The dissident legislators approached the Governor of Tamil Nadu with a memorandum communicating lack of confidence in the Chief Minister. The Speaker P. Dhanapal ruled that this action tantamount to willingly leaving of their membership of the party and so, disqualified 18 MLAs.
The Speaker’s verdict under the Tenth Schedule of the Constitution can be scrutinized and subject to judicial review. If it is confronted, the courts will have to decide whether legislators withdrawing support to their own party’s government amounts to voluntarily parting their membership, a condition under which an MLA may be disqualified under the anti-defection law. The second condition is concerned only when a whip is defied, but even then, there is a facility for the party to excuse such a violation.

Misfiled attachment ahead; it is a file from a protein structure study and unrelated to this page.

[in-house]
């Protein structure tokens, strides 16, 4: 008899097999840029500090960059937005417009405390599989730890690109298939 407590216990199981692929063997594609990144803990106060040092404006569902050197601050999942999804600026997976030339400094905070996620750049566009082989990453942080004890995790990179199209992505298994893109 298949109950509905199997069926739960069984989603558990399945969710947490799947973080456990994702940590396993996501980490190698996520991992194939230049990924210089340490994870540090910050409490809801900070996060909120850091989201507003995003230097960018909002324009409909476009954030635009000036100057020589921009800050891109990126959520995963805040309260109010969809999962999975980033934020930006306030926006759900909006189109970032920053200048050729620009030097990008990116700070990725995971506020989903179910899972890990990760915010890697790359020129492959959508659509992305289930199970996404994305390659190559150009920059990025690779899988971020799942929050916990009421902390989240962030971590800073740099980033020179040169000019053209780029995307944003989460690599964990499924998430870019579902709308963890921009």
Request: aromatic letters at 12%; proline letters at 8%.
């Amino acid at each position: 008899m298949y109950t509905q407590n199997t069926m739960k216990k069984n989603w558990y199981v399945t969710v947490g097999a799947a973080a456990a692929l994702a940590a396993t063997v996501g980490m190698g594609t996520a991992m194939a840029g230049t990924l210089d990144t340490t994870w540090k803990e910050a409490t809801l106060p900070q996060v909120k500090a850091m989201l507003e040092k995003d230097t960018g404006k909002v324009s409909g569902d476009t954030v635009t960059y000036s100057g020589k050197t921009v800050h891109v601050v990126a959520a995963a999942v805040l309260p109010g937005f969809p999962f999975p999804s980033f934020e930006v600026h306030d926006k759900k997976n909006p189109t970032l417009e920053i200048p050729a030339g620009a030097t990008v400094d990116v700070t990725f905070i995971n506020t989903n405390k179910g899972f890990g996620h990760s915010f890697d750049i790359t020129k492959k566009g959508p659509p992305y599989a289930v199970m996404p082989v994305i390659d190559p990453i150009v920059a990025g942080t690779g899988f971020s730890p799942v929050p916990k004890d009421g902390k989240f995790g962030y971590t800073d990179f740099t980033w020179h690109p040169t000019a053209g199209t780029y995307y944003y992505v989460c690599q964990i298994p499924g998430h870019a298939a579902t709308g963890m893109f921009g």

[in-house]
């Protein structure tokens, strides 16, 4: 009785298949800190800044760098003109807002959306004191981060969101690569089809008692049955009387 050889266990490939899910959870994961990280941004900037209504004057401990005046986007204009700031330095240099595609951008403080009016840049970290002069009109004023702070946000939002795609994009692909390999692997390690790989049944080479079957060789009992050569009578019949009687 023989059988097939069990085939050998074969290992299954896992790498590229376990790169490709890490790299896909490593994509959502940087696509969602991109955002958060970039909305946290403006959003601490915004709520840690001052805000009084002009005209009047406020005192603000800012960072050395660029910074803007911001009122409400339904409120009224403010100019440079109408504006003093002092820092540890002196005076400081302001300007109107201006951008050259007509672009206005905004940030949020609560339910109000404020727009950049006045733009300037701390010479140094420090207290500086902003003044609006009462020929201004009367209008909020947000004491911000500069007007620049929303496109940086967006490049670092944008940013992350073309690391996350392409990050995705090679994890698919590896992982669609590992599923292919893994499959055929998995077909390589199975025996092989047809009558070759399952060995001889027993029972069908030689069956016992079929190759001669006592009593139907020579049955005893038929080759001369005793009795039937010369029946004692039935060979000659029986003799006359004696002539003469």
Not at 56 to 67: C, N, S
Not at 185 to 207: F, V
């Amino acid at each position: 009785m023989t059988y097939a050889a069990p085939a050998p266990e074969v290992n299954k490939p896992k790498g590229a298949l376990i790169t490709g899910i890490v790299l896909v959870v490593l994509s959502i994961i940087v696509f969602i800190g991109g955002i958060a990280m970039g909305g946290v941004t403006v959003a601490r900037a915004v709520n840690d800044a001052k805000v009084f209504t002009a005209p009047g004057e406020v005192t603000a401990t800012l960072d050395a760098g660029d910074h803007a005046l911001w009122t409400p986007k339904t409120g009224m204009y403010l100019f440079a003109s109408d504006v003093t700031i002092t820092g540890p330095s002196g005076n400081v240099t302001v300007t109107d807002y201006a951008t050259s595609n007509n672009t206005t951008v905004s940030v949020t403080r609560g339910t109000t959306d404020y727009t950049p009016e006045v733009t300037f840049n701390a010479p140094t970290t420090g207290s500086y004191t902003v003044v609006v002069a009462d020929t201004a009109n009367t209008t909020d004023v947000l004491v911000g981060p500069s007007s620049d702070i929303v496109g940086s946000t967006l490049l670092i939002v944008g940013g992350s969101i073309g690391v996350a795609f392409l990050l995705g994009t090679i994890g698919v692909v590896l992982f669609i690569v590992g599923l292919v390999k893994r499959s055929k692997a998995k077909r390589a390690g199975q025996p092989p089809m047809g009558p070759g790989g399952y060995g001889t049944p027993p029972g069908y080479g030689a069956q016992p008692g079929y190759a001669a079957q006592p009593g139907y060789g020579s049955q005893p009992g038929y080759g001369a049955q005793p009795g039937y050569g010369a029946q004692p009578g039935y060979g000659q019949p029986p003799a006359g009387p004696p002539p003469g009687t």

The role of the speaker has become dubious nowadays in Indian politics. This situation recently experienced in states like UP and Arunachal Pradesh. It has become a pattern that the speaker will take up the pleas under the anti-defection law just before a floor test and decide things with partisan attitude. Through this, it is vivid that Speaker is unable to discharge his constitutional duty without any bias or neutrality and not acting like an independent body. In order to remove partisan attitude in implementing of anti-defection law, it is suggested that adjudicatory powers on such issues may be transferred to an independent body like election commission.
Tags: Tamil News